PW: When you wrote your first Death on Demand novel, why did you have your amateur sleuth, Annie Darling, own a mystery bookstore?
Carolyn Hart: That goes back to the whole heart of what happened to me as a writer. When Death on Demand came out [in 1987], it was my 15th published book and I was really invisible as a writer. I'd sell a mystery here and there, and it would be published and immediately disappear into the black holes of publishing. I think New York at that time felt that mysteries were the province of the dead English ladies and hard-boiled American private eyes. So I got to the point that I thought, This is really stupid. I am going to write one more book, and this time I am not going to give any thought to the market. I'm not going to care about the fact that nobody seems to like mysteries. By setting it in a mystery bookstore, I can, through my protagonist, celebrate the mysteries I love, both present and past.
PW: Every Death on Demand book, including the latest, Murder Walks the Plank, has a picture contest. The reader has to identify a mystery novel from a painting on display at Death on Demand showing a scene from the novel in question. How do you go about creating those?
CH: That is so much fun. For years, I just went along and picked out books that I enjoy and tried to tie them together with some sort of theme. For example, one time I chose books that I personally thought were very funny. I just go through and find a passage I think particularly striking.
PW: Annie and her husband Max are a very popular duo. How do you view their relationship?
CH: I did that deliberately. I created a young couple who truly fall in love and treat each other with great respect. And the reason I did that is because at the time that I wrote Death on Demand, in so many of the American mysteries with women protagonists, the women had either failed relationships or very dysfunctional relationships with the men in their lives. I thought, You know, it really doesn't have to be this way.
PW: How do you reconcile the fun one finds in the Death on Demand series with the serious subject of murder?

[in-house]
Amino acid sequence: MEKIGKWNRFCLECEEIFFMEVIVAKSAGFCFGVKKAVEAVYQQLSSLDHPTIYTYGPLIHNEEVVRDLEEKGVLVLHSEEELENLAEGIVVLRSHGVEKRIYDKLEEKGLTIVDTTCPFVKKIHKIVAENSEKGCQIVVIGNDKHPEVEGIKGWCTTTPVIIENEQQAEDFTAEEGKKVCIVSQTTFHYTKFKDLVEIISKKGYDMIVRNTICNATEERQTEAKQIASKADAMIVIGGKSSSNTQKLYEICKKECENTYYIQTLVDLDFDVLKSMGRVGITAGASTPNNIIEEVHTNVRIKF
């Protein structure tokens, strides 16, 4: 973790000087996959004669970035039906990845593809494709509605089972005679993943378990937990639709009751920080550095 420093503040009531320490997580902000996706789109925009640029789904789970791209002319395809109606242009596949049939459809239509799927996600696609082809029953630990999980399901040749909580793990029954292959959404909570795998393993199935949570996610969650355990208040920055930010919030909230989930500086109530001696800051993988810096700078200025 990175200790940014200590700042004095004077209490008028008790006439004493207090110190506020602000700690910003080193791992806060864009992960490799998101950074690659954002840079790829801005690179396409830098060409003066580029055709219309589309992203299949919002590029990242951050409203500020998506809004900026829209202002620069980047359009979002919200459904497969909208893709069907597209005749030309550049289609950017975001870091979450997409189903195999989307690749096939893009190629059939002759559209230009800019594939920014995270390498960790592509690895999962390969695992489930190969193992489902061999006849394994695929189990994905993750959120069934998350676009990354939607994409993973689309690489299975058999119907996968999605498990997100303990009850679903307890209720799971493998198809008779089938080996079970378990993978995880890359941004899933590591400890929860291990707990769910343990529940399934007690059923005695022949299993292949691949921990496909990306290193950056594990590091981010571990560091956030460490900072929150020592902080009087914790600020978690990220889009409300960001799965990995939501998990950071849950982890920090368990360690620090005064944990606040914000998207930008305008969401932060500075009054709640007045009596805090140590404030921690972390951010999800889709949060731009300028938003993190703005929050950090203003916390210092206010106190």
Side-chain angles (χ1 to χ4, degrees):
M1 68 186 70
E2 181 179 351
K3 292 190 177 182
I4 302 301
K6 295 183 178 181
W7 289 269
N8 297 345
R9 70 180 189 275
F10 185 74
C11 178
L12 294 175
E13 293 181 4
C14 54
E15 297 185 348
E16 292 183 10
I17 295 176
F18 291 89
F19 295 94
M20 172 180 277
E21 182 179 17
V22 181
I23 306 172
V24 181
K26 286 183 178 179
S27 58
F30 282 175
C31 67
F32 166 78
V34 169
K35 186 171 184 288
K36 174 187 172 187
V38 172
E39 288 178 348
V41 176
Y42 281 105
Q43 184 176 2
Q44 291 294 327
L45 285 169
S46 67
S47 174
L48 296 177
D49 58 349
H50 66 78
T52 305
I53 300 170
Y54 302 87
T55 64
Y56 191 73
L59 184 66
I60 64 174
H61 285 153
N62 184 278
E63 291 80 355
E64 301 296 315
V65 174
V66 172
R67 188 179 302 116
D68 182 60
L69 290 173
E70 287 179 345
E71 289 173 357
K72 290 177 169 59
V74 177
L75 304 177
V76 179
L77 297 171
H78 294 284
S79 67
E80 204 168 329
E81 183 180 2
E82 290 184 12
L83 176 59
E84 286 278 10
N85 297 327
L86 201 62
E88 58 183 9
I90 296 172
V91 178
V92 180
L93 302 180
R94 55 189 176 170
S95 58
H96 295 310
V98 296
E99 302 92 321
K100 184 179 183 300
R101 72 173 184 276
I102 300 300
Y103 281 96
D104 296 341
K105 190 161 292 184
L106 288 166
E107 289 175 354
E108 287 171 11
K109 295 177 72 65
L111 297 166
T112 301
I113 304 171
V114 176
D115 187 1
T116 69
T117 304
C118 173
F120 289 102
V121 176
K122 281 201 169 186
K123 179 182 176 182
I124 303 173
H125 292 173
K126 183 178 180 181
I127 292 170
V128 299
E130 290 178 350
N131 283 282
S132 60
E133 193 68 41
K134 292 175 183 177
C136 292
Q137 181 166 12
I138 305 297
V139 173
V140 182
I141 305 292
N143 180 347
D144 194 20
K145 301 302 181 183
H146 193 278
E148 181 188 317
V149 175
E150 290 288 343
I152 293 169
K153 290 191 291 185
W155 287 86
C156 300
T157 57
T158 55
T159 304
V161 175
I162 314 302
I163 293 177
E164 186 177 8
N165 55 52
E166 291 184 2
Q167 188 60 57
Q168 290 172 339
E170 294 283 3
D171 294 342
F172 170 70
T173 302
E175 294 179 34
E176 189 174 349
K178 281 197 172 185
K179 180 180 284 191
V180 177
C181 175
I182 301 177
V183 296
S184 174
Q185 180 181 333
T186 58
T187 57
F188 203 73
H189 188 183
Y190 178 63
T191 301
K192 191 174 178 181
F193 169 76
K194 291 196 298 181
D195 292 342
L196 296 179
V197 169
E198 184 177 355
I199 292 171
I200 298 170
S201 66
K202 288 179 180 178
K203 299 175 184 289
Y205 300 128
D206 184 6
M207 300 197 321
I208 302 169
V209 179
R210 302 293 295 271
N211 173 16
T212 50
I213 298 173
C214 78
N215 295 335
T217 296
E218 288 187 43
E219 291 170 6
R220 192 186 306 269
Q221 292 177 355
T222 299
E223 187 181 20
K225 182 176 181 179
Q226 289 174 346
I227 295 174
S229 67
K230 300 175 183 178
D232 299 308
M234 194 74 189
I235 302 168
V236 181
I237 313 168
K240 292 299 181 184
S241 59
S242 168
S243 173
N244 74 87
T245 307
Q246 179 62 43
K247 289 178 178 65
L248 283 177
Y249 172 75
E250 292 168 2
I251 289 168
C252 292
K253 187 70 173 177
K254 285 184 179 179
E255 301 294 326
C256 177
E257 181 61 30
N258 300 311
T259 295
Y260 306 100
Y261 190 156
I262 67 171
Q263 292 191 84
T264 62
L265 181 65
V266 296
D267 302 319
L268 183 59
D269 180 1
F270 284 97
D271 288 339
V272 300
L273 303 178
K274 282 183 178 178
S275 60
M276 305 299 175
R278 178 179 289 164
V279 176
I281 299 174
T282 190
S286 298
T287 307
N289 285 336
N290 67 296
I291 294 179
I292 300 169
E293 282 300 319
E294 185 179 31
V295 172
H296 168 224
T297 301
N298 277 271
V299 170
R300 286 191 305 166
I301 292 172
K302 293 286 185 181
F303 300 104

CH: Often people who don't read mysteries are appalled at the idea of writing about murder. And the truth of the matter is that murder in a mystery is simply an exaggeration of the kind of conflicts that people have in their everyday lives. This is especially true in the traditional mystery. When the detective sets out to discover who committed the crime, what the detective is really discovering is what fractured these relationships. So you're dealing with attitudes and mores and personal conflicts that are exemplified by the murder, but murder is not the point of the book. Murder is never funny, but people are very funny.
PW: In your last book, Letter from Home, you combine mystery with the reflections of life in a small town during WWII. Can we expect to see more of Gretchen Gilman in the future?
CH: I don't know. That's my book about home. I really enjoyed writing it. The war had a huge impact on every level of society, including children. It has a mystery element, but once again the crime is not the point of the book. The point is how that crime affects the lives of everyone involved.
PW: In our increasingly complex world, do you see a continued place for the traditional mystery?
CH: I think so. People will seek that kind of book for they know that if they buy the traditional mystery, the cozy mystery, they're going to enter a world where justice will prevail, where goodness is celebrated, where decency is admired, and that's not true in the world that they face outside the book. That reality will continue to make the traditional mystery extremely appealing.